Electroforming to make printing plates for the printing of money. Copper was deposited onto an etched material, which was removed after to create the printing plate. Electroforming uses the same principles and chemicals as electroplating, however, it is usually done involving non-metal substrates; plastics, clays, silicones, organic materials.
Copper is one of the most commonly electroplated metals, after nickel. This is due to the numerous applications in which copper plays a vital role as well as the properties of copper and the ease of electrodeposition. A few of the benefits are listed below:
1. High plating efficiency: Copper has a high plating efficiency resulting in excellent coverage on difficult to plate parts, such as intricate zinc die castings. This means that minor imperfections in the base metal, such as pits and scratches, will also be covered.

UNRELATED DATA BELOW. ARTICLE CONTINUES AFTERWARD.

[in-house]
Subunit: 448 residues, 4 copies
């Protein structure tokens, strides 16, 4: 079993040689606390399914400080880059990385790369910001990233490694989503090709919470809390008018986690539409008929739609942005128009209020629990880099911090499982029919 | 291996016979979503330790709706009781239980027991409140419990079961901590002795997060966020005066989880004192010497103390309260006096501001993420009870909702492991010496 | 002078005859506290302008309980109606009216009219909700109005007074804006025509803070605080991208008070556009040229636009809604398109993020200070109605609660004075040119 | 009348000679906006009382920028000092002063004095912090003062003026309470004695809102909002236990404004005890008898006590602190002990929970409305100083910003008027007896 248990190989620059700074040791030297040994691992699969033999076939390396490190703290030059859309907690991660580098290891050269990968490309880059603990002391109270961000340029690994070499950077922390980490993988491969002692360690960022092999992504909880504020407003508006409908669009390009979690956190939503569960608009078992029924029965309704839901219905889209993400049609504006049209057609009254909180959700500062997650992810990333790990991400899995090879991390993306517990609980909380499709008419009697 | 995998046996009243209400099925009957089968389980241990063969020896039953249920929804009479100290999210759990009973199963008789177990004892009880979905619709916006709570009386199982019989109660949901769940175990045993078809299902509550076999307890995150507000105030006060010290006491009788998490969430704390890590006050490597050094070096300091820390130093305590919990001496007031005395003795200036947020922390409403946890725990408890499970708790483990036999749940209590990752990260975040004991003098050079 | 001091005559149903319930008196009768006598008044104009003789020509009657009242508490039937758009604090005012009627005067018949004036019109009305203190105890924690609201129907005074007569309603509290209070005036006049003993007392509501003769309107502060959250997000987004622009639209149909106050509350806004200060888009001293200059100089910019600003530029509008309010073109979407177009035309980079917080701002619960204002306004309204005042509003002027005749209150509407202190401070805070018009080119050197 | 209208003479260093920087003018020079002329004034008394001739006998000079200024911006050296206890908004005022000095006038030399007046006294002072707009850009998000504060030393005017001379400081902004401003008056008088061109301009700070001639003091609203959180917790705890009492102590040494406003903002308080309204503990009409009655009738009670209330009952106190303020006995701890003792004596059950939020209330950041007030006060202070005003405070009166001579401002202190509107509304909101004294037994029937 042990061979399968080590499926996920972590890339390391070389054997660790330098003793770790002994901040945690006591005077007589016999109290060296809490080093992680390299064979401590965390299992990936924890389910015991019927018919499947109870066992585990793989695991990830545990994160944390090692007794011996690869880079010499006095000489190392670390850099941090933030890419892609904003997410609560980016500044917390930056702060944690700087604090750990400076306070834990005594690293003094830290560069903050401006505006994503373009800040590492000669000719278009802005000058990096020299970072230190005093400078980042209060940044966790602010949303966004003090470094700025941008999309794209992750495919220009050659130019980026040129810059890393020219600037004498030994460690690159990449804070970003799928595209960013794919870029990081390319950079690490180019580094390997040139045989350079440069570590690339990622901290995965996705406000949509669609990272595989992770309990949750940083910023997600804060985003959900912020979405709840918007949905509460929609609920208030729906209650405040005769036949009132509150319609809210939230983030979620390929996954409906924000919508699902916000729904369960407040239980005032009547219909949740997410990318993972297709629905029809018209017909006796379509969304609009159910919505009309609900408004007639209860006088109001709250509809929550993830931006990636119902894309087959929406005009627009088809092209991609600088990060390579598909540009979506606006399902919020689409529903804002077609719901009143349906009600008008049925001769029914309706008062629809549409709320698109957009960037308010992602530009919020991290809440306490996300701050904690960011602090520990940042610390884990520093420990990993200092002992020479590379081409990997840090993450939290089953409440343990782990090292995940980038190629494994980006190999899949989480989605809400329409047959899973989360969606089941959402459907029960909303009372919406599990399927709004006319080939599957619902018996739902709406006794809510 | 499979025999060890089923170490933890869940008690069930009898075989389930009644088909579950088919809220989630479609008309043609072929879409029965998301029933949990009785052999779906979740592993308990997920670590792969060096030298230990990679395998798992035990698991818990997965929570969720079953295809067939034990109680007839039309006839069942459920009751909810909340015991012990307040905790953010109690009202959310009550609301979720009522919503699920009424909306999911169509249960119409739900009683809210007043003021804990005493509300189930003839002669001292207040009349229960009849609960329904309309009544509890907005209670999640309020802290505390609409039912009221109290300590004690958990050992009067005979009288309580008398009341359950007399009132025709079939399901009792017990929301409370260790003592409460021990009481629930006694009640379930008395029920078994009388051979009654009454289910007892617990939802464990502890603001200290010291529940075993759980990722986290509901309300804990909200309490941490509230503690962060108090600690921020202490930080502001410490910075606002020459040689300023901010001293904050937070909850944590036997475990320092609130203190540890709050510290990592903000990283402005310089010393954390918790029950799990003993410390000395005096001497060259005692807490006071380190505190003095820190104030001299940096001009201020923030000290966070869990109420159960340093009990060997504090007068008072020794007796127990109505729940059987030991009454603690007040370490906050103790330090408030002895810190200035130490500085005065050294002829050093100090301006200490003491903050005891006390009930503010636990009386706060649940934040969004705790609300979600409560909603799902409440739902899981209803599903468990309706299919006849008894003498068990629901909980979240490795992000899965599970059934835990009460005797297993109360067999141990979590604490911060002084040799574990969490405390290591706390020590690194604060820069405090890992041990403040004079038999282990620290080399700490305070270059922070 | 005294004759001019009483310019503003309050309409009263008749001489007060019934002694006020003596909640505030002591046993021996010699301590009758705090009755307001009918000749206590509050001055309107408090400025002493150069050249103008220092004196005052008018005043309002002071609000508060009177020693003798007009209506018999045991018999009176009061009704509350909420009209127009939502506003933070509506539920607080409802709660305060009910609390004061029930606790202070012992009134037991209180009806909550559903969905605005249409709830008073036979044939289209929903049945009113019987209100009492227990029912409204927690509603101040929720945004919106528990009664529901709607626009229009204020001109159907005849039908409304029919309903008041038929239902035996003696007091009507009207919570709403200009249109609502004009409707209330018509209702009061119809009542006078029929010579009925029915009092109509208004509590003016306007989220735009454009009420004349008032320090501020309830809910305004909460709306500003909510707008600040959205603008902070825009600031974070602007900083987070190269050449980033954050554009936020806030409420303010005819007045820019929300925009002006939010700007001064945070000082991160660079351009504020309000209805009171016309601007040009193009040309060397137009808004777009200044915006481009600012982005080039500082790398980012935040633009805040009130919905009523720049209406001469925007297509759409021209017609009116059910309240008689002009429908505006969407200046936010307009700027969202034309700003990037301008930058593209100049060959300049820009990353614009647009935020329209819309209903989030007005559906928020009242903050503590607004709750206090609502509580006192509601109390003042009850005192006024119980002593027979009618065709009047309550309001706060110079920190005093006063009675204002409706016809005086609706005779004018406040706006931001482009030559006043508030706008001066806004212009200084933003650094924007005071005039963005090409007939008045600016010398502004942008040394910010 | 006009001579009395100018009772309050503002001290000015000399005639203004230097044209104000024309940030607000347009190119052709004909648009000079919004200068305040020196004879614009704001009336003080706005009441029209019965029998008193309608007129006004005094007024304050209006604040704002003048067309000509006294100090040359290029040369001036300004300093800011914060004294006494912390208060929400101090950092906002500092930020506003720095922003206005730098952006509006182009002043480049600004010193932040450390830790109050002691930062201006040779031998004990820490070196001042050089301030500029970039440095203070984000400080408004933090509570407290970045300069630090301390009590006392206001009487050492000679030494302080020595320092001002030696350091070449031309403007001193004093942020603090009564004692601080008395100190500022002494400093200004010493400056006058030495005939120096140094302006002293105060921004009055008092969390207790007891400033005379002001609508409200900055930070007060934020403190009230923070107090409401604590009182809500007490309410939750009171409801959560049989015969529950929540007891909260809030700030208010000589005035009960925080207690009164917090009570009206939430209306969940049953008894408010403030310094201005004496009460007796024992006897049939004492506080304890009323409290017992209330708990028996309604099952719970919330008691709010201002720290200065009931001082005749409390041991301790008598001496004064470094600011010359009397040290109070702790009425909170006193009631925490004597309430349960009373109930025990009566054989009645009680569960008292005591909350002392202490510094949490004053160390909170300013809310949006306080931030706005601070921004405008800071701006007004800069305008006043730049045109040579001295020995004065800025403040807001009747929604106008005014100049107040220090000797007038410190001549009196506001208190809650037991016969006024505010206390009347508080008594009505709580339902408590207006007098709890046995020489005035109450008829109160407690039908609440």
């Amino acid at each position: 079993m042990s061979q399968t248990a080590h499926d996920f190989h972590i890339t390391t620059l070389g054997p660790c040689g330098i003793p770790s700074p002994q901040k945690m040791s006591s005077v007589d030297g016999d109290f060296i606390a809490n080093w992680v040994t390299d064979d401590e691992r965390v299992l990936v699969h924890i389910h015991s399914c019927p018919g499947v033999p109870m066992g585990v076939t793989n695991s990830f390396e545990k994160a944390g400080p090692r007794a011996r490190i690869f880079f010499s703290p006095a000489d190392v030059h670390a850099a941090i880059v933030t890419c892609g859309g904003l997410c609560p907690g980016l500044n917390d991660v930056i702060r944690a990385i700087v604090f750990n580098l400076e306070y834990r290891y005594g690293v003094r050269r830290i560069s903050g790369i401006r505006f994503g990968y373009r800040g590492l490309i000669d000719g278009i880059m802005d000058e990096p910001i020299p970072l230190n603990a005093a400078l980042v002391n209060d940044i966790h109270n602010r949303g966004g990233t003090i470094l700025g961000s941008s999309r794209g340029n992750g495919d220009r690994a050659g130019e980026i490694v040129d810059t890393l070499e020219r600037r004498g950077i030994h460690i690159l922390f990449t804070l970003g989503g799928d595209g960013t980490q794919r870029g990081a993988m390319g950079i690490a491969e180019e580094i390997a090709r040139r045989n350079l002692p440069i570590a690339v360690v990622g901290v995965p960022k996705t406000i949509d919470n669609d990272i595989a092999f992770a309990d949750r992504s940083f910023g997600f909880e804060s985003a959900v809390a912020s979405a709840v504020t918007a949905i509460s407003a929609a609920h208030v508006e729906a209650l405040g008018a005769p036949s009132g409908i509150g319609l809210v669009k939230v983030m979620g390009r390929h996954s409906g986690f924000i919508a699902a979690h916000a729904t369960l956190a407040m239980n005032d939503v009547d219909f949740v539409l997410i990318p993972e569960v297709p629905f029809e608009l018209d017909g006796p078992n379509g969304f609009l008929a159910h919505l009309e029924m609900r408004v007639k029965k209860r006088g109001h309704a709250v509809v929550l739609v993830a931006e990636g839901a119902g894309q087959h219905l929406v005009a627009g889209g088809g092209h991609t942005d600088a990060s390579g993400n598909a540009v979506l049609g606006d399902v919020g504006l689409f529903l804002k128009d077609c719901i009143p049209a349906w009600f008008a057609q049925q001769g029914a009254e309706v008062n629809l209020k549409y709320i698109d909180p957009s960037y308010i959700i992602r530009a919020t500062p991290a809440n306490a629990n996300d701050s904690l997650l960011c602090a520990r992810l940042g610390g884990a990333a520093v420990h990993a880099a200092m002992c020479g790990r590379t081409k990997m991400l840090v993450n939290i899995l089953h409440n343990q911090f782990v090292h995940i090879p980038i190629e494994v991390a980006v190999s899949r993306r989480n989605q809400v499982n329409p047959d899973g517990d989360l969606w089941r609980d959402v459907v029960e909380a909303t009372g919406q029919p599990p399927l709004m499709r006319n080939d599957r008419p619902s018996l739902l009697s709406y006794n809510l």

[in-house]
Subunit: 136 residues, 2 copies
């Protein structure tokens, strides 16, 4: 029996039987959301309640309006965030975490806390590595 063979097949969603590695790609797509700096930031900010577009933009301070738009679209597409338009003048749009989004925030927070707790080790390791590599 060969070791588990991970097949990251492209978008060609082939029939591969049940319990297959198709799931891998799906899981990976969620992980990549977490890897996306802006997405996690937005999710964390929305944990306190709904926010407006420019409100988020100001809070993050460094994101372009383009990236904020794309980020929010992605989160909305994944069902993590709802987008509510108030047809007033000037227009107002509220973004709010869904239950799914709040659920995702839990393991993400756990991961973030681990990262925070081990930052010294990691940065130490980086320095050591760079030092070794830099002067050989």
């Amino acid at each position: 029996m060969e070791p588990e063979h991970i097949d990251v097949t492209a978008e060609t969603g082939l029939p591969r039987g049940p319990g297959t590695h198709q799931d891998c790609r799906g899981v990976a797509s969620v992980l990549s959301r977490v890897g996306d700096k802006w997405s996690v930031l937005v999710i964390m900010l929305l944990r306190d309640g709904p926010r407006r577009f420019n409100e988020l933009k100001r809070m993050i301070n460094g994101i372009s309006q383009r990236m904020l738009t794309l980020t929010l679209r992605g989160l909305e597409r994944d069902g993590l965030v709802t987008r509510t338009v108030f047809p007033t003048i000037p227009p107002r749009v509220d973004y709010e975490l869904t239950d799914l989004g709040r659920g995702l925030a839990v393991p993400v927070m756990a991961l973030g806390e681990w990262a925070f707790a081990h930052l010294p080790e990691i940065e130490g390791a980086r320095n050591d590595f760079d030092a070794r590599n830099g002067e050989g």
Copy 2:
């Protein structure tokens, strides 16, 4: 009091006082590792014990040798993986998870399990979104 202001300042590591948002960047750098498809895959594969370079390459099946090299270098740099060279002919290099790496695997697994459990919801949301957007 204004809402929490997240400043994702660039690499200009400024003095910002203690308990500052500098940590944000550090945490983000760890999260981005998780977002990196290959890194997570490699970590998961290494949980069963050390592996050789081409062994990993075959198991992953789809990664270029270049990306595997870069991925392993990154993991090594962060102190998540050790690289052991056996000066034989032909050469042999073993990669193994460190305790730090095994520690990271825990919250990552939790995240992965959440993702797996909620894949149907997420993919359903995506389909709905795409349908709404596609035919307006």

2. Inert in other plating solutions: Copper is relatively inert in most plating solutions.
3. Conductivity: Copper has a very high electrical and thermal conductivity, one of the reasons for its high plating efficiency. The thermal conductivity leads copper to act as an effective thermal expansion barrier. It does this by absorbing and distributing stress when metals with two different thermal expansion rates undergo a change in temperature, resulting in fewer breakages. This is especially useful on plastics.
4. Range of mechanical hardness: Copper has can range in hardness from properties superior to wrought copper to annealed pure copper. It can be relatively soft which means that the levelling and brightness of copper can be enhanced after plating due to the ease of polishing and buffing.
The qualities above lead copper to be an excellent metal for electroforming.